Knowing What to Want

Time is going to pass no matter what we do.

If you don’t want to waste it, then first of all you need to work out what is  your definition of a non-time wasting activity. One person’s waste of time is another person’s calling in life.

In other words you need A Plan. A Life Plan. Stuff that you do that fits within that plan is “effective use of time”, and stuff not in the plan is “time wasting”.

Simple.

Or is it? It isn’t simple for me.

My problem is of course that I don’t know what I want to do with my life. (Funnily enough the time passes anyway). How do some people know what they like? How do they know what to want? If I choose one thing then I will miss out on other things. How do you choose?

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I was reminded of this problem while reading this post (How Do We Know What We Want: Milan Kundera on the Central Ambivalences of Life and Love) at Brain Pickings.

…even the rightest choice can present itself to us shrouded in uncertainty and doubt at the outset, its rightness only crystallized in the clarity of hindsight.

 

We can never know what to want, because, living only one life, we can neither compare it with our previous lives nor perfect it in our lives to come.
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There is no means of testing which decision is better, because there is no basis for comparison. We live everything as it comes, without warning, like an actor going on cold.

Milan Kundera, The Unbearable Lightness of Being

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Start Where You Are.

A good starting point seems to be to start where you are. It is so tempting to want to solve world hunger. The place to start though is to frankly assess how you currently spend your time.

A useful exercise I found was to document a typical week. How do you generally spend each hour of the day? Do a week rather than a day, since your week days and weekends will vary.

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Where Do You Want to Be?

Once you have this information there are a few things you can do with it:

Identify what is mandatory (work and chores) versus what is optional (Visiting friends? Or is that mandatory?).

Looking at your day: What part of it brings you pleasure? What feels like a good achievement? What is “productive”?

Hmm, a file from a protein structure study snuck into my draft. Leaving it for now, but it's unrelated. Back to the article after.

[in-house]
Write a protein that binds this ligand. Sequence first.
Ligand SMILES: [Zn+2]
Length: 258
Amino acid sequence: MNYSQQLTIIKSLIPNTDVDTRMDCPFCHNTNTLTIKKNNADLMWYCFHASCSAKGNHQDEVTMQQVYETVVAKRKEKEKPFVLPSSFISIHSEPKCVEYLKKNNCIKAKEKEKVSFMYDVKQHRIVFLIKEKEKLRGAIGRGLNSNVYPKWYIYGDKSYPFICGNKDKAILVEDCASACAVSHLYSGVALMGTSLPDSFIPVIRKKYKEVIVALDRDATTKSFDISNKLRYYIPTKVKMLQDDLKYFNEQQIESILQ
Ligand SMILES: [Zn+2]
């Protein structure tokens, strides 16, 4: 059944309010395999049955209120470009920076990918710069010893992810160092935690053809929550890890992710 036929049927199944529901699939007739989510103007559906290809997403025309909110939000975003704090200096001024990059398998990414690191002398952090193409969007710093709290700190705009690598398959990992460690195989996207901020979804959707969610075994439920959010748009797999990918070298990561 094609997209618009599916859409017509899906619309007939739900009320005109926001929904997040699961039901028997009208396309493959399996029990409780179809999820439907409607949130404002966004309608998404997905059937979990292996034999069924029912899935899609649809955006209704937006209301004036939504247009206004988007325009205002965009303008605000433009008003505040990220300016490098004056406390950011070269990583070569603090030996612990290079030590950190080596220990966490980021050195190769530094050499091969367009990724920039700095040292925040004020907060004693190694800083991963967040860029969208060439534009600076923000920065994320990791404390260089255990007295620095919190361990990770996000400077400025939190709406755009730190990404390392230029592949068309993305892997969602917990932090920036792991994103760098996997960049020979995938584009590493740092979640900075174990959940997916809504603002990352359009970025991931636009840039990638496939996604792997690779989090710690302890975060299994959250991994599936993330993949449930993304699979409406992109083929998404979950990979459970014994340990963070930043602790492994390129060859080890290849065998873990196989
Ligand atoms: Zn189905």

Reverse engineer your goals from how you spend your time (e.g. I work for money so I can live, but also because I like to go out to dinner and clothes shop. Am I ok with goals of fine dining and being well dressed? Or is this wasting money to me?).

Imagine how would you change this schedule to make it a perfect week. Are you throwing the whole thing away? Or making minor tweaks? What is missing from the list? Why is it missing?

The difference between your actual week and your ideal week might help you to decide what your life plan is. I can imagine one person realising they are miserable, and making drastic changes. Others might recognise that their goal of exercising more just isn’t doable with their full schedule.

Looking at my week also makes me aware of the commitments I have made to my family. Being aware of, and naming these constraints helps take some of the stress out of it all. I actually don’t have that much choice. There actually isn’t that much to decide. I want to keep living in my house, so I need a job that pays the mortgage. There’s a lot of options ruled out right there.

So, yeah, I am going nowhere fast. I’m a middle class mum, and my days are spent on the same repetitive tread-mill of same old, same old. There’s only so much free time in my day.

But there is some free time. That is the good news.

I may not have days free but I have hours that I could be spending better. Just not sure yet what on.